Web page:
WASHINGTON – In a press conference that bordered on jovial, Secretary of State Colin Powell and his Russian counterpart Igor Ivanov on Friday called talks on reducing long-range nuclear weapons "successful," though no agreement has been finalized.
"We came down an hour early because we finished our work an hour earlier, and regret any inconvenience that may have caused the press," Powell said with a laugh after reporters scrambled to assemble for the conference.
The two leaders spent their two days of talks discussing details for a presidential summit in Russia later this month. At the summit, the Russian and U.S. leaders hope to sign an agreement that cuts nuclear weapons caches from more than 6,000 each to between 1,700 and 2,200.
"I think it's going to be a very, very successful summit," Powell said, reporting that they had "made progress toward the completion of our work on a strategic framework document. There are still some outstanding issues, but I think I can say that we're both encouraged by the progress that we made today."
An official speaking on condition of anonymity said substantial progress was made on how to verify reductions in arsenals of long-range nuclear warheads.
Pressed for details on what had been worked out and what was still up in the air, Powell wouldn't budge. The lingering sticking point for Russia is concern that the United States does not want to destroy the warheads, merely de-activate them and stick them in storage.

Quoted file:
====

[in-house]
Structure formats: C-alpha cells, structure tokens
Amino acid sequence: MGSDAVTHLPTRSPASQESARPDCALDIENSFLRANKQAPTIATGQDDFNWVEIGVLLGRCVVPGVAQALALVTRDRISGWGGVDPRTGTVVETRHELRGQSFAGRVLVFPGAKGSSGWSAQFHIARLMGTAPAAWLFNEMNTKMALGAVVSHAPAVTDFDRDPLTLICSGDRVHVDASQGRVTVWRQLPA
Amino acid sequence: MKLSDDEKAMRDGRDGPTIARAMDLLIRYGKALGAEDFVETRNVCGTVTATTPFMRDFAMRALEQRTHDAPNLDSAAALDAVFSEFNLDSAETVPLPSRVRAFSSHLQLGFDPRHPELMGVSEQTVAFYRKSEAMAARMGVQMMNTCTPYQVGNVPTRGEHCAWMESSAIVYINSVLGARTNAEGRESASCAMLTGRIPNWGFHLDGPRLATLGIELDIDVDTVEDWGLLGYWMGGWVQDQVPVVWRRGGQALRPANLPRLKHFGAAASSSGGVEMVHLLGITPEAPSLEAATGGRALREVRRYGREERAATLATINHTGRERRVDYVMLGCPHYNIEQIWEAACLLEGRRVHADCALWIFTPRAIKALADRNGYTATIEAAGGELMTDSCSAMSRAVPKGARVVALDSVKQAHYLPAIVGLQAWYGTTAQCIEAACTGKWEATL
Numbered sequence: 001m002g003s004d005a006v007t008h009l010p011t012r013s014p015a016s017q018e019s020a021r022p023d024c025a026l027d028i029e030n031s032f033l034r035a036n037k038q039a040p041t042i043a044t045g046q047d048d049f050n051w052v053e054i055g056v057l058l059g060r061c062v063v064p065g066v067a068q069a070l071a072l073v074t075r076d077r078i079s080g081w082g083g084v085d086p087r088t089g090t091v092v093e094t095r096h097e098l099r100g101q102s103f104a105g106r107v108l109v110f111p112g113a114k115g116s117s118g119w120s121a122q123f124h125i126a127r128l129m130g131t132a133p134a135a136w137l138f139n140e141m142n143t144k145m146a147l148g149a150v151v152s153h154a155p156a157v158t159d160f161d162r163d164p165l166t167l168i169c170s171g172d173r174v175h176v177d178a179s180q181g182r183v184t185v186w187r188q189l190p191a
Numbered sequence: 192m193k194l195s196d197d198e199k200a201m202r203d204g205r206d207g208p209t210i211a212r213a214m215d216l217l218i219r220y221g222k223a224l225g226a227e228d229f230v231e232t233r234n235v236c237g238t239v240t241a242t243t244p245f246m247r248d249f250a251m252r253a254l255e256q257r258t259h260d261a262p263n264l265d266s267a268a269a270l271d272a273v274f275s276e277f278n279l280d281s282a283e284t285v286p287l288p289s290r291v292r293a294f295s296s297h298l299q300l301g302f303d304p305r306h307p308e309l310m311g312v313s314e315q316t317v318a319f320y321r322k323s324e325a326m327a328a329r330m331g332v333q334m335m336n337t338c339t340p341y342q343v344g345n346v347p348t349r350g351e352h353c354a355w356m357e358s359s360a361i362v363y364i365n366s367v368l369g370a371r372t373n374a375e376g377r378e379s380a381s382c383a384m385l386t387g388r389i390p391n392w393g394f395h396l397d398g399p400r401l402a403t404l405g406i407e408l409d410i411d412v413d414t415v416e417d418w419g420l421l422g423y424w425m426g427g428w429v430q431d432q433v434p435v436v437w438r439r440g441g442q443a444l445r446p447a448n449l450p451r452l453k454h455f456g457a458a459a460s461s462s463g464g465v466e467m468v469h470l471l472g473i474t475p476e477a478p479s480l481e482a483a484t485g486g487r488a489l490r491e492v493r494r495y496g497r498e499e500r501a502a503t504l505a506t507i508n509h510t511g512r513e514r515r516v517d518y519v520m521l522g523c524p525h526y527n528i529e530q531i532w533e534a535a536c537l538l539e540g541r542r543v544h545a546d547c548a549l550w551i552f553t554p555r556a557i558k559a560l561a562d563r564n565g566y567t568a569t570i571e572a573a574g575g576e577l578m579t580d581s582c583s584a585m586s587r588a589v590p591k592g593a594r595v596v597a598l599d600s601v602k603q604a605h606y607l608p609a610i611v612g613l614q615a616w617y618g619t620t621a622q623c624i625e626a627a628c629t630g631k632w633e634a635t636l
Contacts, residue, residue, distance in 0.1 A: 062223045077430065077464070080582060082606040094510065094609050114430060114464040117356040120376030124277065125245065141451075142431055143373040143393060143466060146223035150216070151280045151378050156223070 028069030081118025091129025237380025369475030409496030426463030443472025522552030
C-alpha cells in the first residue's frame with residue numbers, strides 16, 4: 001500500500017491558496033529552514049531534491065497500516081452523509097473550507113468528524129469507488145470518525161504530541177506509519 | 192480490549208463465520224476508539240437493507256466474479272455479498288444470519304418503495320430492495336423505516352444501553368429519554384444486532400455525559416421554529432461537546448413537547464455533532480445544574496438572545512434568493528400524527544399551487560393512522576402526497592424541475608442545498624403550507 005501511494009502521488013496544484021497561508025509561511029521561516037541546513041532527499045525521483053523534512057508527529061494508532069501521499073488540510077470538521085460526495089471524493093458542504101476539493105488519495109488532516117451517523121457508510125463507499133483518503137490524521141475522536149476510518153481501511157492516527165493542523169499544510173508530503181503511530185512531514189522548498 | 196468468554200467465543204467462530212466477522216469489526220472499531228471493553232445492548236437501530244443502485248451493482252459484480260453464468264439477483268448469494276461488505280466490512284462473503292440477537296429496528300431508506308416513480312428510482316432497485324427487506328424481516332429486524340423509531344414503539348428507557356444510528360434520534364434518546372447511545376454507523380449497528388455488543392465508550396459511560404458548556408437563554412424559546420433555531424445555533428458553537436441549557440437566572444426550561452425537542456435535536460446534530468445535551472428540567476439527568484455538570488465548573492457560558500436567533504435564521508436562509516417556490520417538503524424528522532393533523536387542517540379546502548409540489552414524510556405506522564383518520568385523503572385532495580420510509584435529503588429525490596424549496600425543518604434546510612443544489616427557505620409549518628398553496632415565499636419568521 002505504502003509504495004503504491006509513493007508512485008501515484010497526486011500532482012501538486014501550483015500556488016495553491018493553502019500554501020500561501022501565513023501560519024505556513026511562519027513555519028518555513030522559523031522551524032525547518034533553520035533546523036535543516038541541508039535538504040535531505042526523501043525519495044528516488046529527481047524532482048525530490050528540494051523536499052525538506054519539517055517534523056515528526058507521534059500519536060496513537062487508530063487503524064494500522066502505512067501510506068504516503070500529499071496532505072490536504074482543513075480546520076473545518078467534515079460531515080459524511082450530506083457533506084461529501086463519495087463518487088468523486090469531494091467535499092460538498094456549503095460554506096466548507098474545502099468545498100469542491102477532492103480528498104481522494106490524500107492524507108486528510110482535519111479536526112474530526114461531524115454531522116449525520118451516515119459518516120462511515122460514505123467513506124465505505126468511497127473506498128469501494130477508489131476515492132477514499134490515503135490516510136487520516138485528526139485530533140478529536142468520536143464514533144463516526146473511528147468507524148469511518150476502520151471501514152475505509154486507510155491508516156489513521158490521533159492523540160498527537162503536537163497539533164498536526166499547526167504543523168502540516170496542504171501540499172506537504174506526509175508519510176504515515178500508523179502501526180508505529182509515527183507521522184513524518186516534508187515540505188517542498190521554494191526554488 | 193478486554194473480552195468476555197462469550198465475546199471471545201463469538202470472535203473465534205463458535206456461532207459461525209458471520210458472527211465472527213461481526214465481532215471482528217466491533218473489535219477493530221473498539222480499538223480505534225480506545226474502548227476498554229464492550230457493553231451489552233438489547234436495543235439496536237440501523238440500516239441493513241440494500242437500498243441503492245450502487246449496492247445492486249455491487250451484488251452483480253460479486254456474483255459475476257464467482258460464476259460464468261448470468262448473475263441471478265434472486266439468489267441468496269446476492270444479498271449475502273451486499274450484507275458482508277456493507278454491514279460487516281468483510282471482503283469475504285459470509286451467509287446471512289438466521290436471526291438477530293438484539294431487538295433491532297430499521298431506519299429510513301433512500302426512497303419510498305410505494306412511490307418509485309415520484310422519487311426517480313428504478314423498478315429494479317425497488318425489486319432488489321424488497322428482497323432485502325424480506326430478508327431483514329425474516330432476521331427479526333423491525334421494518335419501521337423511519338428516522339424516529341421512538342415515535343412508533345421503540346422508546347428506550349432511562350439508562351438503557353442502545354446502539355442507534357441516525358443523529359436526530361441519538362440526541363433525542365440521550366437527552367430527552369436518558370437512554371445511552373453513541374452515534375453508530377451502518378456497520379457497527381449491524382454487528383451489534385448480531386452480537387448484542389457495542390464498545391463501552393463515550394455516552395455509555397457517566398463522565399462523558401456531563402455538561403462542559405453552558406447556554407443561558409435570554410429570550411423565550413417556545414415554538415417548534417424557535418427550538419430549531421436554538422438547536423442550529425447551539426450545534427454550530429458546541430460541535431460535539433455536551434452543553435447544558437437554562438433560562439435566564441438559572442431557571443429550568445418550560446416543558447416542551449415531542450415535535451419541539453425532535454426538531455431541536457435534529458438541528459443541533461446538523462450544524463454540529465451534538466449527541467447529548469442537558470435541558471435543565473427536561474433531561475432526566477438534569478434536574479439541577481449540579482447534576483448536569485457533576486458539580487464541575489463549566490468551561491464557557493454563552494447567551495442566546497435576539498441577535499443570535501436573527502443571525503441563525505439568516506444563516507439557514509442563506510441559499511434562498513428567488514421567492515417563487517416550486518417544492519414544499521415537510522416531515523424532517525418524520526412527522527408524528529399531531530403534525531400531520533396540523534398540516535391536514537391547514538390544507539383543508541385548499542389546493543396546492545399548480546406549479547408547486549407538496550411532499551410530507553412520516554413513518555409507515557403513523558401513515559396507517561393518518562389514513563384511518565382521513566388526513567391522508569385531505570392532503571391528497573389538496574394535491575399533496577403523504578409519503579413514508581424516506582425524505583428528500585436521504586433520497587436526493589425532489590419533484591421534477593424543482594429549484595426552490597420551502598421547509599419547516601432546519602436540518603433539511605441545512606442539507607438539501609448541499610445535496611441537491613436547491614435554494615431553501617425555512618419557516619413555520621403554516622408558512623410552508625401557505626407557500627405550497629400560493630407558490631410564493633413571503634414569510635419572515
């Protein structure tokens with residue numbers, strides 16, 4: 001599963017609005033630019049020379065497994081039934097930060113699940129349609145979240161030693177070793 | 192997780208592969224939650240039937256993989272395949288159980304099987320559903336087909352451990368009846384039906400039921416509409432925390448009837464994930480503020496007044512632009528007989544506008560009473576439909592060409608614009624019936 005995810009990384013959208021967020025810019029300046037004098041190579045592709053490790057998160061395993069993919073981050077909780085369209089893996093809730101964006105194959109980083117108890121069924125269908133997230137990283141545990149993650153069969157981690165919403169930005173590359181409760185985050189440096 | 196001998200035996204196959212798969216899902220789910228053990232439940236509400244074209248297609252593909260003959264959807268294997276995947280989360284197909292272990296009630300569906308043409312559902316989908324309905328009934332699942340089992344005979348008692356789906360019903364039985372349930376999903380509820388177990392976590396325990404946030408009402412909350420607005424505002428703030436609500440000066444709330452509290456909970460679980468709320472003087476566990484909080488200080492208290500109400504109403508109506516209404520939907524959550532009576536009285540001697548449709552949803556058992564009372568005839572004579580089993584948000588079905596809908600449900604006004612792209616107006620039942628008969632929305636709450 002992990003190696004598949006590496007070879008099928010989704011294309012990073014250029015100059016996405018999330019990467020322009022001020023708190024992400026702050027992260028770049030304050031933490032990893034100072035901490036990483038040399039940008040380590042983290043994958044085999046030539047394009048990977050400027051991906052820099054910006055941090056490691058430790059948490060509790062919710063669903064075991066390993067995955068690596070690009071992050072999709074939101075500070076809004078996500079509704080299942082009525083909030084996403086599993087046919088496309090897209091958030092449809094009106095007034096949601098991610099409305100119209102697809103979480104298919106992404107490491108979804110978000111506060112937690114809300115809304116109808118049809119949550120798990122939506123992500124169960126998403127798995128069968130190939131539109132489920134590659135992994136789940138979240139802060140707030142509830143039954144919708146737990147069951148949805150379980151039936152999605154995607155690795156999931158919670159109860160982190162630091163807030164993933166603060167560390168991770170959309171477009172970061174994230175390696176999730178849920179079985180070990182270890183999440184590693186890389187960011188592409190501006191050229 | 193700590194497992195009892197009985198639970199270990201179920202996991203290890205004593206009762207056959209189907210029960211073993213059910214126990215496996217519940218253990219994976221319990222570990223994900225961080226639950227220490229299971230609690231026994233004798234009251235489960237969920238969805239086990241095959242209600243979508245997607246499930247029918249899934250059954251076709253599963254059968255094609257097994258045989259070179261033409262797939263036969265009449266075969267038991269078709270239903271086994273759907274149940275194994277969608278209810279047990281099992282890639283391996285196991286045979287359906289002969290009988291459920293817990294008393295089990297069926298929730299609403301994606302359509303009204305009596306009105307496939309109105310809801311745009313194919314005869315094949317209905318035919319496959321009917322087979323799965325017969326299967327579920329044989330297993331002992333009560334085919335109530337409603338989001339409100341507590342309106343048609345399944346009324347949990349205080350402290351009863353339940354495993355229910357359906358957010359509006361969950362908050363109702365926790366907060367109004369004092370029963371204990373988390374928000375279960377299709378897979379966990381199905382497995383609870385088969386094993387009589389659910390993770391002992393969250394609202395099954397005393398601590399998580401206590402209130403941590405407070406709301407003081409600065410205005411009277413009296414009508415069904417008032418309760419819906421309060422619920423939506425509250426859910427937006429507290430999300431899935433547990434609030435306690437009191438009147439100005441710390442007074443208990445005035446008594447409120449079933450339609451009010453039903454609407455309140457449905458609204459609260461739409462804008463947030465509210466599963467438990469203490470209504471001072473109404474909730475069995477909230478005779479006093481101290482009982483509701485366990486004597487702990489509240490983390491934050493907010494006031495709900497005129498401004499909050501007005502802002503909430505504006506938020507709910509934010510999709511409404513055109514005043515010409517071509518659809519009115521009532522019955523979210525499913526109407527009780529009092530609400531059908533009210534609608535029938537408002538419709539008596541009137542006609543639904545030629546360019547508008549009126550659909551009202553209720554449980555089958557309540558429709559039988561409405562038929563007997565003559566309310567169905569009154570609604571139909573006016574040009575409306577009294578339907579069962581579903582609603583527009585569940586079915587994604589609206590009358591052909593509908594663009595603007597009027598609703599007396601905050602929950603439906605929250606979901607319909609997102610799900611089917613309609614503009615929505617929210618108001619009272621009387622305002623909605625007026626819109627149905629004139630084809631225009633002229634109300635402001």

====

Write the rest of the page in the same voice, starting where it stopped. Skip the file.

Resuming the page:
President Bush has said he intends to reduce the U.S. long-range nuclear arsenal regardless of whether Russia reciprocates. Putin has said Moscow would be willing to cut the Russian arsenal even deeper — to 1,500 warheads.
Powell said the "remaining differences are there, and we need to spend more time working on them and discussing them to see if we can resolve them in time for the Moscow summit. If we can, fine. And if we're unable to, the work will continue. But I am encouraged."
The secretary said it hadn't been decided yet whether the document prepared for presidential signatures would be a treaty or an executive order. Both are legally binding in international law.
A treaty would require approval of two-thirds of the Senate. An executive order would need the approval of a majority of the House and Senate.
Ivanov also termed the talks "very constructive", saying "on many issues we achieved substantial progress."
But he didn't give details of the progress either, sticking to generalities and positive spin.
"We're interested in maintaining between our countries, between Russia and the United States, relations with partnership, predictability and constructiveness," Ivanov said through a translator. "And we expect that the upcoming visit of the U.S. president to Russia, his negotiations with the president of the Russian Federation, and the agreements that will be reached, will contribute to reaching this goal."
Determined to proceed with an elaborate anti-missile shield, President Bush opted out of a 1972 treaty that outlawed national defenses against missile attack. Russia objected, but has muted its criticism on the point.
Still, the Russians wanted to include in the agreement an opening for negotiations over missile defenses, but the United States said no and that debate is over, the senior U.S. official said.
Powell and Ivanov are due to meet again at the spring session of the NATO alliance in Iceland May 14-16 and negotiations could go right up to the eve of the May 23 summit.
Also that week, Undersecretary of State John Bolton will meet in Moscow with Russian Deputy Foreign Minister Georgy Mamedov.
The Associated Press contributed to this report.